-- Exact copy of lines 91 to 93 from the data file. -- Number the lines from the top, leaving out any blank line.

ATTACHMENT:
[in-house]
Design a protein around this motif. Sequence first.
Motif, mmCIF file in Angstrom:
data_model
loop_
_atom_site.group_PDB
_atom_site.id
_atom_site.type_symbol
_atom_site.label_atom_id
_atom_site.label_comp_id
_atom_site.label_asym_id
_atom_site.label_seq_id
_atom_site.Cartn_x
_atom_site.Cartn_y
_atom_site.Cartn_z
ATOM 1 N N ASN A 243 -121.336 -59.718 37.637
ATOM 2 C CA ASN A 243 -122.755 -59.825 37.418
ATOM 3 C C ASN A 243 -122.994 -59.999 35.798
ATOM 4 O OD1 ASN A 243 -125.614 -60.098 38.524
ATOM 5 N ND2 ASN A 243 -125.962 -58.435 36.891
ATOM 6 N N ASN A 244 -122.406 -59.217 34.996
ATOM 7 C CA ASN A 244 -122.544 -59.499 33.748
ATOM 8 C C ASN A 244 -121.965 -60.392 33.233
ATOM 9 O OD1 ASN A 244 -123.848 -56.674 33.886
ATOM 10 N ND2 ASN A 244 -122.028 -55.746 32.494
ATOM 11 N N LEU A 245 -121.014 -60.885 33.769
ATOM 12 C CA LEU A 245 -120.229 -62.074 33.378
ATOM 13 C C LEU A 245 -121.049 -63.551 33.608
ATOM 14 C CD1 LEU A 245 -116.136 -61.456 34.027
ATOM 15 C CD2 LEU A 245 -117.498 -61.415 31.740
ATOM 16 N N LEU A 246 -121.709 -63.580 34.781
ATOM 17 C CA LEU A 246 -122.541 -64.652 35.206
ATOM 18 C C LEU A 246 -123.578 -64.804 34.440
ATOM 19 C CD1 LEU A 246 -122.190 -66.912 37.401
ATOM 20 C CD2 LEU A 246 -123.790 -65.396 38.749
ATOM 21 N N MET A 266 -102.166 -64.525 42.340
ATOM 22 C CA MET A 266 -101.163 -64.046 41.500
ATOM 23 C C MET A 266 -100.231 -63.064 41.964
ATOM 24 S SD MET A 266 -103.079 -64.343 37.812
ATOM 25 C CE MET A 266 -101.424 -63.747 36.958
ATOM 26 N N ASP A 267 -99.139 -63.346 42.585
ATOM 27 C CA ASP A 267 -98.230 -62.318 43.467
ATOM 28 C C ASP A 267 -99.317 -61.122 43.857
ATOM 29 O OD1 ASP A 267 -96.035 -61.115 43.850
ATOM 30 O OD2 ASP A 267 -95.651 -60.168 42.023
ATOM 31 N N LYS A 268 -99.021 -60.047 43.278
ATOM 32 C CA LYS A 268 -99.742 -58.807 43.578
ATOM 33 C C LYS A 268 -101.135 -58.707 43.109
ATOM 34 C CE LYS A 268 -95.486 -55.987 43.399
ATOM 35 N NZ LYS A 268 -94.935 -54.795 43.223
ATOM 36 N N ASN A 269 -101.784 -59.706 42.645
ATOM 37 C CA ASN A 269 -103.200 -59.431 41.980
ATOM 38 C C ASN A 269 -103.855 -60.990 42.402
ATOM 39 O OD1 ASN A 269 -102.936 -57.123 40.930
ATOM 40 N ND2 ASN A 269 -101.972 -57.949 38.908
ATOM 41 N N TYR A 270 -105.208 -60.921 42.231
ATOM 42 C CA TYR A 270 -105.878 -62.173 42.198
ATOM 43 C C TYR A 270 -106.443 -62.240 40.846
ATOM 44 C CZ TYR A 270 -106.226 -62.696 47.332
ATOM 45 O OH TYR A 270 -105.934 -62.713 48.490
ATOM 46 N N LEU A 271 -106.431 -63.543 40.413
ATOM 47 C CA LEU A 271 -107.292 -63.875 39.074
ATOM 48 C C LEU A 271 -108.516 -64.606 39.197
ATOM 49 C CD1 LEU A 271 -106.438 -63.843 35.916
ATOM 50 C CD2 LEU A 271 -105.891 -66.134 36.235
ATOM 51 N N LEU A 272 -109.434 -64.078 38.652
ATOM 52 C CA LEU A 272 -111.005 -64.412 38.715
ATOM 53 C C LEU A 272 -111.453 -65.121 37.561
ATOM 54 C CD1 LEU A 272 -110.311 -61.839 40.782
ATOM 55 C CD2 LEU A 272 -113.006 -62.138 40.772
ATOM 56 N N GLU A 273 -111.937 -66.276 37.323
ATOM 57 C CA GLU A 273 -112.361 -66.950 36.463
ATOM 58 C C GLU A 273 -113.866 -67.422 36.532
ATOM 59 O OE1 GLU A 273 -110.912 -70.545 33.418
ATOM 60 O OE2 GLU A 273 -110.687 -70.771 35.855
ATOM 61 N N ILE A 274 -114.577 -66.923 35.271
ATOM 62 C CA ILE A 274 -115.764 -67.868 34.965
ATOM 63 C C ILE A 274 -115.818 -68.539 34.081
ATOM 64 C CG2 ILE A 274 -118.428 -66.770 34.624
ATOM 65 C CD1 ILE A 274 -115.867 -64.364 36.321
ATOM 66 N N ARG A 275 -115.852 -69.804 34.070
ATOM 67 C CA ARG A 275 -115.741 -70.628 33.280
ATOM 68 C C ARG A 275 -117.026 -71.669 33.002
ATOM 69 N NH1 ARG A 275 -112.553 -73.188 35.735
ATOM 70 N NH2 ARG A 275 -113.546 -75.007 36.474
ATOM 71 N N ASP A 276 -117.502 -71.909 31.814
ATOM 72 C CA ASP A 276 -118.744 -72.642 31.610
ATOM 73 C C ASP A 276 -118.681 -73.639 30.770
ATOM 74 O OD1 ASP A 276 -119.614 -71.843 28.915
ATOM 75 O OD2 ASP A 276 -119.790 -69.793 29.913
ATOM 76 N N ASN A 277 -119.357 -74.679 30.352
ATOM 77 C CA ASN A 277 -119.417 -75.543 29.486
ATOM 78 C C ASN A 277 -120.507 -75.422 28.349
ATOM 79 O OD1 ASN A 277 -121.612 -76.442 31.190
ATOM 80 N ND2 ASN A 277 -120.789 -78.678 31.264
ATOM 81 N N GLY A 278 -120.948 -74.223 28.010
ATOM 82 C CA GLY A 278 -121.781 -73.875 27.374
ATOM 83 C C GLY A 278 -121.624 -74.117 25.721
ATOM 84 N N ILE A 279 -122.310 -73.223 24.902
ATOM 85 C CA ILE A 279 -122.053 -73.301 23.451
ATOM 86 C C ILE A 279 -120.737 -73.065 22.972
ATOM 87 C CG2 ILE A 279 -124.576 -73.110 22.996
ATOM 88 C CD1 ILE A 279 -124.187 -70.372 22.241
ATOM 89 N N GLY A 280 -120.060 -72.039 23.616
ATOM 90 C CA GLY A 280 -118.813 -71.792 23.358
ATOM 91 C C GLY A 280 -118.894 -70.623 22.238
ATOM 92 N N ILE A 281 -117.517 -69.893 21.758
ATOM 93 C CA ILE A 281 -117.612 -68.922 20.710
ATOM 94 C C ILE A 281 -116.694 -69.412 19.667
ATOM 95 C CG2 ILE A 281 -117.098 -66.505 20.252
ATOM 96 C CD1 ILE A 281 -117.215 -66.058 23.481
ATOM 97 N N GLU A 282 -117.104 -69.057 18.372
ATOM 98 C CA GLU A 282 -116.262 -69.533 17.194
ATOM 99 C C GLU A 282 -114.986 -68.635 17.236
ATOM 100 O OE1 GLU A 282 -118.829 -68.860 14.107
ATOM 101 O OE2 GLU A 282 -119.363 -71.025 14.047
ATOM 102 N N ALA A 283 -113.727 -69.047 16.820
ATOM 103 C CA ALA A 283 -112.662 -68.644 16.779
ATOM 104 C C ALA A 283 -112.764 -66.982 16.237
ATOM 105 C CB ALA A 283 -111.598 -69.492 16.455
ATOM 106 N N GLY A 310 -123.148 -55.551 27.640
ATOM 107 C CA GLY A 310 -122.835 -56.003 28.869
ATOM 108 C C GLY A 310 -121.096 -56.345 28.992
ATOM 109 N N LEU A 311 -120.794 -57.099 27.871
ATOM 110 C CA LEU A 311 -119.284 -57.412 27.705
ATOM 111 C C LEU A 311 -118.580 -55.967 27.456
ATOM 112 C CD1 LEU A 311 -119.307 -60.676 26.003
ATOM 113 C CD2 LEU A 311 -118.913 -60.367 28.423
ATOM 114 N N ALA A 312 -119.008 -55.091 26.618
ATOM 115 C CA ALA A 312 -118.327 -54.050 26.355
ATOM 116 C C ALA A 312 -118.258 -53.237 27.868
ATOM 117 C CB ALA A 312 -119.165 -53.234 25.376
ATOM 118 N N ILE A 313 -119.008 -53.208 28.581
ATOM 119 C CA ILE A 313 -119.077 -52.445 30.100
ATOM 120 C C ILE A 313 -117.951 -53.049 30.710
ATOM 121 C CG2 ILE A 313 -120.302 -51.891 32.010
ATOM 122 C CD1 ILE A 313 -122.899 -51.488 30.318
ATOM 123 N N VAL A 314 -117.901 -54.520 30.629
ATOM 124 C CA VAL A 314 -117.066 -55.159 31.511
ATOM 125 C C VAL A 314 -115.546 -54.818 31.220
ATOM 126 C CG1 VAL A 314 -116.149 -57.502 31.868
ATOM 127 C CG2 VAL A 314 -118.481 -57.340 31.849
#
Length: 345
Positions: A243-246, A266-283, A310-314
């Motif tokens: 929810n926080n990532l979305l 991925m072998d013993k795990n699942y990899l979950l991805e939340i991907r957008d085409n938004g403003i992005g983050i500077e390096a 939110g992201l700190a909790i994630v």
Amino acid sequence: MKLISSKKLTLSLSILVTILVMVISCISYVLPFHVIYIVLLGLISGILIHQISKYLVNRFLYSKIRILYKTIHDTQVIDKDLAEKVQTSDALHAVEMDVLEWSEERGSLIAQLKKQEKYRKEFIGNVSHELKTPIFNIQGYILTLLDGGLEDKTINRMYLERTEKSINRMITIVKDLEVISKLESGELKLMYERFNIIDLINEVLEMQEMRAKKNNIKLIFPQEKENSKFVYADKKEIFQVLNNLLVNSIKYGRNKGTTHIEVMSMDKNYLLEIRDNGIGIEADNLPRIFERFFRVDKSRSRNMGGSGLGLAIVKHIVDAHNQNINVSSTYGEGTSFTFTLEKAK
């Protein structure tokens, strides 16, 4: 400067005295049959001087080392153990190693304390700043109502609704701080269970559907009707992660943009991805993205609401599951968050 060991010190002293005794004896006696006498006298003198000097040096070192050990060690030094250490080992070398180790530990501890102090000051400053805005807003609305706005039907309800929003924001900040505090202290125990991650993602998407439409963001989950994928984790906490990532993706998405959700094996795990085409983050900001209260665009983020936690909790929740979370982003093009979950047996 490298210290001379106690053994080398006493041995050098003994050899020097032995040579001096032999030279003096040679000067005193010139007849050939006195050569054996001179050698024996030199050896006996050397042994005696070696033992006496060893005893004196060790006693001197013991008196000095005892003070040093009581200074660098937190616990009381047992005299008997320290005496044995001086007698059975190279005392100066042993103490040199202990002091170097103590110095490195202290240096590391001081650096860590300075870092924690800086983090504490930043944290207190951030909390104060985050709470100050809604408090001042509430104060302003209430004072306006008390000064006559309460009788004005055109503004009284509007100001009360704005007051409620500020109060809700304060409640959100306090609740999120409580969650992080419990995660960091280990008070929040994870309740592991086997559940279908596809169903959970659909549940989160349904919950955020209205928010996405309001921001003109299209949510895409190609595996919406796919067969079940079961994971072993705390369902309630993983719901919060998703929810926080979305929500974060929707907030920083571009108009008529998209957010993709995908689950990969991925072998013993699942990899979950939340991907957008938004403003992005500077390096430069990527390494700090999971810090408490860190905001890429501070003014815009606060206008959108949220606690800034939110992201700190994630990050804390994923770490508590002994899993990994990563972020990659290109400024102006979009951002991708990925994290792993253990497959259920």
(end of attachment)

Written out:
ATOM 76 N N ASN A 277 -119.357 -74.679 30.352
ATOM 77 C CA ASN A 277 -119.417 -75.543 29.486
ATOM 78 C C ASN A 277 -120.507 -75.422 28.349